Rui Costa rides for Movistar, a telephone company, but it looks like a fair chunk of his fans are equally willing to use other forms of communication other than giving him a call. Docapost, the company who run the Tour de France post office have revealed that this year Rui Costa, the Portuguese rider and double Tour de Suisse winner who is currently getting the most fan mail sent to riders on the Tour, succeeding Thomas Voeckler in 2012.
"The second most popular is Valverde, with Voeckler in third and Alberto Contador in fourth," Sylvain Fourre, from Docapost, told Cyclingnews.
"Europcar were the most popular team last year, with Movistar easily the most popular in 2013 - with Rui Costa and Valverde, who's also getting lots of letters, giving them a big boost."
Anything, from breakaways to crashes, can send riders' popularity soaring, according to Fourre. "When Johnny Hoogerland had that really bad crash a few years ago [in 2011], he suddenly got loads of letters, maybe 100 or 150. He had had no letters before and moved up to fifth or sixth by the end of the race. When Chavanel won a couple of stages, [in 2010] he got a lot of letters. If we had a French stage winner, or who got into a big break, you can be sure he will get a lot. Same goes for people who are unlucky. Leaders, too, of any classification, are certain to get a number of letters."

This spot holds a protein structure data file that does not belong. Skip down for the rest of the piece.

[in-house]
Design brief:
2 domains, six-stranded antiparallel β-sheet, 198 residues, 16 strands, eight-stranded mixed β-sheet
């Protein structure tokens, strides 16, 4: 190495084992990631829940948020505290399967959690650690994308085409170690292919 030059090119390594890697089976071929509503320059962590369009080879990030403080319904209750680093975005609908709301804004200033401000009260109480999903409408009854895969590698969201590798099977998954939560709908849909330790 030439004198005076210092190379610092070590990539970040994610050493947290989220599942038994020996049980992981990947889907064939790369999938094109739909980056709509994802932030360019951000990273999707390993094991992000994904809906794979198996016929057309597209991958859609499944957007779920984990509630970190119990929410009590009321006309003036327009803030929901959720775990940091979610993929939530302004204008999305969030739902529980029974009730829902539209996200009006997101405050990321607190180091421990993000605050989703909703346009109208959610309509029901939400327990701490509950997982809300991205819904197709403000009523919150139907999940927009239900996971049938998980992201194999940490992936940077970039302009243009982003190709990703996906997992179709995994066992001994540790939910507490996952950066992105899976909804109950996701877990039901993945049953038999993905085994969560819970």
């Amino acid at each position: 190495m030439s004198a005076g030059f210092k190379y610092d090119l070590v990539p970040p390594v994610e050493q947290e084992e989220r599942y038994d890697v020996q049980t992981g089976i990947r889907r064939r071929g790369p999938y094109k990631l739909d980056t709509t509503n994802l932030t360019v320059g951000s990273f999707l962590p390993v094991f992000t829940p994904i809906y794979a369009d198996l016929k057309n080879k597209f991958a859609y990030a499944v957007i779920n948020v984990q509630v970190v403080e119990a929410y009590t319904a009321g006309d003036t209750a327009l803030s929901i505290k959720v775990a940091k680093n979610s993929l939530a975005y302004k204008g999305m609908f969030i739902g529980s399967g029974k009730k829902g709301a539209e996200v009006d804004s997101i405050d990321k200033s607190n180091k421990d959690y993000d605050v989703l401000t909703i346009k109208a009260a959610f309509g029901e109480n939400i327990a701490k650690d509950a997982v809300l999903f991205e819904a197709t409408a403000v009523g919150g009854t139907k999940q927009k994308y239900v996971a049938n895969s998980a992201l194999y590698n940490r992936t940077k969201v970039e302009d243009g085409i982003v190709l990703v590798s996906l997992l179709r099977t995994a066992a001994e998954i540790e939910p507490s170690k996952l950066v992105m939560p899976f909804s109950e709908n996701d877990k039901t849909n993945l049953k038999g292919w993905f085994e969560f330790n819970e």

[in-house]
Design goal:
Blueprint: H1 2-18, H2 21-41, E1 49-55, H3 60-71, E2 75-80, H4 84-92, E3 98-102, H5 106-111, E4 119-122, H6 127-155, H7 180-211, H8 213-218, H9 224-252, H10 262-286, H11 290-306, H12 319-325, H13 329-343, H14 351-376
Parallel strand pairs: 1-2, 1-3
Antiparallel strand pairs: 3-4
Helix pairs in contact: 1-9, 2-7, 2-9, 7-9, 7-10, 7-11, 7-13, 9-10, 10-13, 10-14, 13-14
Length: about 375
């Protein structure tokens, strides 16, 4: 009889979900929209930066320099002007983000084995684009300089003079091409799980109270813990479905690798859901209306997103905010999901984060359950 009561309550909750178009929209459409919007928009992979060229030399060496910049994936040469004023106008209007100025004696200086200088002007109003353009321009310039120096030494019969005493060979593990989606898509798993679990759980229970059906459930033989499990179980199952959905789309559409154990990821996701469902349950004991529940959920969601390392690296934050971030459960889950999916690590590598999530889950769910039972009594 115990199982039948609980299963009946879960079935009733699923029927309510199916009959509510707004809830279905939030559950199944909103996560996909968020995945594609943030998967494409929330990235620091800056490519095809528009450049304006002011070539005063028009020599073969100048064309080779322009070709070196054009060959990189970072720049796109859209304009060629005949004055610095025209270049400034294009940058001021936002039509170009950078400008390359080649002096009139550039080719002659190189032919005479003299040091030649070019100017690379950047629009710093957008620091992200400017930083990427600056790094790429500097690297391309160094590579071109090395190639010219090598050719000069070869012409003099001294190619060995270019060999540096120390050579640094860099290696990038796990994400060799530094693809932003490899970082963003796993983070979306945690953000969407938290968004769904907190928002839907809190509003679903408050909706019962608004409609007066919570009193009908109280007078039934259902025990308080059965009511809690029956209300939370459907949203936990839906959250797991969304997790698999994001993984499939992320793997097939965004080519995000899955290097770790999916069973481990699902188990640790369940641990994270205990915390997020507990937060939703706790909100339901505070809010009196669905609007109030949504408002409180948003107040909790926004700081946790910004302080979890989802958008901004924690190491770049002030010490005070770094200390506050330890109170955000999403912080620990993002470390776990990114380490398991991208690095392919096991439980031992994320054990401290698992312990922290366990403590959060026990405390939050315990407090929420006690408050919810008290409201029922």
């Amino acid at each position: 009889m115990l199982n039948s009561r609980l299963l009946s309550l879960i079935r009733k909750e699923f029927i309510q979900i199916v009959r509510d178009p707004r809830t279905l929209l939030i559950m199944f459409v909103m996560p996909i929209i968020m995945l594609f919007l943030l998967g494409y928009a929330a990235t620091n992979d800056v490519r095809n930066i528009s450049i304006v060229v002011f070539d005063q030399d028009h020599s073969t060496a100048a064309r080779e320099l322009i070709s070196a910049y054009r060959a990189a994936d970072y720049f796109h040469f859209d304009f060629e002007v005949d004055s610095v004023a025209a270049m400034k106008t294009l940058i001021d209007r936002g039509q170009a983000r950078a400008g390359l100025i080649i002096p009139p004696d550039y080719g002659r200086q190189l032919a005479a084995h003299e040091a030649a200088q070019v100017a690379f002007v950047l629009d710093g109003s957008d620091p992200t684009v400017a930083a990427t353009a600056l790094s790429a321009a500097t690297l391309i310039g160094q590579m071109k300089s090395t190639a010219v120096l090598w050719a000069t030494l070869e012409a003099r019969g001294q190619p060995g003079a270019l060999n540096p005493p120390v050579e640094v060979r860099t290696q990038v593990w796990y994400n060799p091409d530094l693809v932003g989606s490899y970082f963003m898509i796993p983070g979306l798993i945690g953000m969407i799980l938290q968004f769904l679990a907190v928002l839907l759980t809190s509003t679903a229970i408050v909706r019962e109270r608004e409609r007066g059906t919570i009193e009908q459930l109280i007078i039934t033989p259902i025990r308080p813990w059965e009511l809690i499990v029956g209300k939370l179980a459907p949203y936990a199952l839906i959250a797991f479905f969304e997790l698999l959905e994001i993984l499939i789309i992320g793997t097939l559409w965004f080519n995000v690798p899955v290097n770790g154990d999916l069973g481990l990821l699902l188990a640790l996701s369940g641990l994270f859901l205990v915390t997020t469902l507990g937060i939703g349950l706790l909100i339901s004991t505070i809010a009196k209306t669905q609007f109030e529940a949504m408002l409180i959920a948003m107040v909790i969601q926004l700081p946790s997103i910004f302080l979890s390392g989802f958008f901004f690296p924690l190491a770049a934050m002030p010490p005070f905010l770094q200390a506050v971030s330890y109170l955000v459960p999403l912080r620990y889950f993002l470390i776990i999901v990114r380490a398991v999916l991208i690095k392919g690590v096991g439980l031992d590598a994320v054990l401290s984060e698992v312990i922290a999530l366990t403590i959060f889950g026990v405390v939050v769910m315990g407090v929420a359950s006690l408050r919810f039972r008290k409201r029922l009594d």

The sending of fan mail to riders during the Tour dates is nothing new. In 1962, journalists from El Mundo Deportivo reported when Federico Martin Bahamontes won at Superbagneres, they came down to the hotel lobby the next day where he and the Spaniard's Margnat squad were staying to find it "overflowing with telegrams of congratulations."
It is getting a little late now for post to arrive to riders direct - just sending it to such and such a rider with the Tour de France and the stage town finish or start is enough - but those wishing to send a e-letter to their favourite riders and to be sure of it arriving can do so by going to the website www.docapost.com and then clicking on the twitter link in the middle of the screen.
"You can send it by email, we print it out and send it to him as a real postcard."
Alasdair Fotheringham has been reporting on cycling since 1991. He has covered every Tour de France since 1992 as well as numerous other bike races of all shapes and sizes, ranging from the Olympic Games in 2008 to the now sadly defunct Subida a Urkiola hill climb in Spain. Apart from working for Cyclingnews.com, he is also the cycling correspondent for The Independent and The Independent on Sunday.
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